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The coal-fired power station at Drax in the North of England: Coal is still the world's biggest source of CO2 Image: Paul Glazzard via Wikimedia Commons

The coal-fired power station at Drax in the North of England: Coal is still the world’s biggest source of CO2
Image: Paul Glazzard via Wikimedia Commons

By Tim Radford

The world’s emissions of the main greenhouse gas produced by human activities, carbon dioxide, in 2013 are expected to be nearly two-thirds higher than in 1990.

LONDON, 30 December  – Global carbon dioxide emissions are likely to hit 36 billion tonnes in 2013, according to new research from the University of East Anglia in the UK. This is a small rise – an estimated 2.1% – on 2012, but it will be 61% above the levels in 1990, which is the baseline year for the Kyoto Protocol.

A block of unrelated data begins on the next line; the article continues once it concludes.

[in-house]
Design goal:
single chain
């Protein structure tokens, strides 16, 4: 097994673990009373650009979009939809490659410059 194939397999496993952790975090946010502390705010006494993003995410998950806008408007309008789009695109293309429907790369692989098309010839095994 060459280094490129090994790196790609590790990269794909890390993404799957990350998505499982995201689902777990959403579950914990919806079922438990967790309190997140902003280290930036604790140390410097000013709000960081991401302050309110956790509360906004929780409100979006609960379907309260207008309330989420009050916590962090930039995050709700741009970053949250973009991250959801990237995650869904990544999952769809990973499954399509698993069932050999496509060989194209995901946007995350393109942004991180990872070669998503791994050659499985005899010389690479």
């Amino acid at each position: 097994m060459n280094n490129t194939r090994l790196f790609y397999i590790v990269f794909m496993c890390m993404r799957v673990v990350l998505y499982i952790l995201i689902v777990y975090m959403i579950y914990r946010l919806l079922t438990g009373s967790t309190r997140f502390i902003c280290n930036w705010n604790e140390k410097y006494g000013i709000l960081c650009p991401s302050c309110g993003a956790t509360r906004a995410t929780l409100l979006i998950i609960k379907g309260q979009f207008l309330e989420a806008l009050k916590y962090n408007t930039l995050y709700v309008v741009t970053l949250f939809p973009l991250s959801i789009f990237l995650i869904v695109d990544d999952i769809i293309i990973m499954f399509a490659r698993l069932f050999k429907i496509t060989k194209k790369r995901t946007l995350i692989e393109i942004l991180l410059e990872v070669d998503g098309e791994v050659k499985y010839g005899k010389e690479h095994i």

The Kyoto Protocol was agreed by most of the world’s concerned nations, anxious to reduce carbon dioxide emissions and contain warming to a global average of 2°C. So the 2013 carbon budget is not being hailed as a great success.

“Governments meeting in Warsaw this week need to agree on how to reverse this trend,” said Corinne Le Quéré of the university’s Tyndall Centre for Climate Change, who led the Global Carbon Budget report for 2013, compiled by 49 authors from 10 countries. She was speaking before the start of last month’s UN climate talks in the Polish capital.

“Everyone can explore their own emissions, and compare them with their neighbouring countries…”

“Emissions must fall substantially and rapidly if we are to limit global climate change to below two degrees. Additional emissions every year cause further warming and climate change.”